• Phil Packer

Invictus Games medallist & Student Mental Health Nurse, Laura Knowles, becomes a BRIT Ambassador

Laura, is a mental health advocate who has been diagnosed with bulimia, depression and more recently, autism. Sport has been her saviour and Laura feels that she would not still be here today if she had not opened up about her personal battle with mental health. She has represented the UK at the Invictus Games in 2016, the Warrior Games and is now a Student Mental Health Nurse.

Laura Knowles competing at the Invictus Games

“As a student mental health nurse, and having suffered with mental health difficulties, I understand the pressures and challenges that young adults and students face. The COVID-19 pandemic has increased the demand for professional mental health support by student and it is vital that they receive help to avoid long-term consequences to their mental health and wellbeing. We need a collaborative multi-agency approach and the vision of the British Inspiration Trust (BRIT) to unite the education, sport and charity sectors resonates with me both personally and professionally.

The annual BRIT Challenge is a visionary initiative that provides the opportunity for every university, college, specialist college and Students’ Union to enter teams and encourage their students and staff to participate. The BRIT Challenge is delivering a great community event for students and staff, of all abilities, to improve their mental health and fitness, a UK-wide feelgood February fundraiser for teams to support local regional and national charities, and a catalyst for Students’ Unions to destigmatise mental health and champion inclusivity throughout the year.

I am thrilled to be part of the BRIT Ambassador family and delighted that Liverpool John Moores University will continue to embrace the BRIT Challenge and encourage their students and staff to participate. I also urge Her Majesty’s Armed Forces to promote the BRIT Challenge as a way for Royal Navy, Army and Royal Air Force units to either support their local university or college or champion the event so cadets and service personnel can enter teams.”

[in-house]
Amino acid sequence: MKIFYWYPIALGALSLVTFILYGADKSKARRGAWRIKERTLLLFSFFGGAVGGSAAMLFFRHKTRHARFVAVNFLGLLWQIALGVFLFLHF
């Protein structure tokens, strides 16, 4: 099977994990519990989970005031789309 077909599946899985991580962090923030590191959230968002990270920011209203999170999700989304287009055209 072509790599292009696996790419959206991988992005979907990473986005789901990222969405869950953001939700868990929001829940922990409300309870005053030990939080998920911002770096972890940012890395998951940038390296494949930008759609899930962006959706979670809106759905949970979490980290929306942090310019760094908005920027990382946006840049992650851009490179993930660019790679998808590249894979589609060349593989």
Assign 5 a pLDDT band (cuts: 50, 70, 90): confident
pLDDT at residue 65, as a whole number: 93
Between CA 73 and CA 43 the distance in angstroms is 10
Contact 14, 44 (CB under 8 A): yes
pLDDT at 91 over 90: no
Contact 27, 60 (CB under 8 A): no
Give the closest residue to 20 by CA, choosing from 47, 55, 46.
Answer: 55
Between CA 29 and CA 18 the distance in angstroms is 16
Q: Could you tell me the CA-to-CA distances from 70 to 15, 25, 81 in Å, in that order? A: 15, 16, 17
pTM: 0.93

Laura Knowles

Invictus Games medallist and Student Mental Health Nurse

Laura Knowles - BRIT Ambassador

Laura served with Her Majesty’s Armed Forces as a Musician with the Band of the Welsh Guards between 2011 and 2016. After being medically discharged with mental health issues, and just three months after taking up the sport, Laura represented the UK at the 2016 Invictus Games in Orlando, Florida.

Laura in uniform when serving with the Band of the Welsh Guards

At the time, Laura felt the Invictus Games saved her life. After leaving the Army, Laura felt that she had no focus, nothing going for her and experienced suicidal thoughts. Being chosen to represent the UK gave her an amazing feeling and something to work towards. Laura won silver and bronze in the rowing categories and qualified in the final of the women’s heavyweight powerlifting.

Laura continued to train as part of the Help for Heroes’ extensive Sports Recovery programme and was selected to represent the UK at the 2017 Warrior Games in Chicago. Organised by the United States Department of Defence, teams from Her Majesty’s Armed Forces and the Australian Defence Forces took on the four United States Service Branches and Special Operations Command. After being a Torch Bearer at the Opening Ceremony, Laura won silver in the Standing Shot Put and the team relay in swimming.

Laura celebrating with her Invictus Games Silver Medal

In 2018, Laura was chosen to represent the UK in Powerlifting and Rowing at the Invictus Games in Sydney, however, she had to leave the team to look after her mental health.

Since 2019, Laura has been studying for her Nursing Degree at Liverpool John Moores University. During her time in university, Laura has been elected as the Disability Part Time Officer where she represents disabled students and ensures their voice is heard across all levels of the university and has presented at the NUS Liberation Conference to encourage members to support a social model of support at universities for those with disabilities. Laura has also set up a Mental Health Nursing Society and is the current president. The society raises mental health awareness across the entire student body and works closely with academic staff and the Students' Union to showcase what support is available for students in university and in the local area. Laura is also a Student Mentor and helps supports other students through peer support and has delivered teaching sessions to prospective students from disadvantaged backgrounds. Laura has been shortlisted for the Student Nurse of the Year: Mental Health at the Student Nursing Times Awards.

Laura has been a volunteer at Pathfinders Camp since 2015. She provides personal care, supports campers to get involved in all activities and has also helped organise a virtual camp during the COVID-19 pandemic. Since 2019, Laura has also been a volunteer with The Trussell Trust at her local food bank.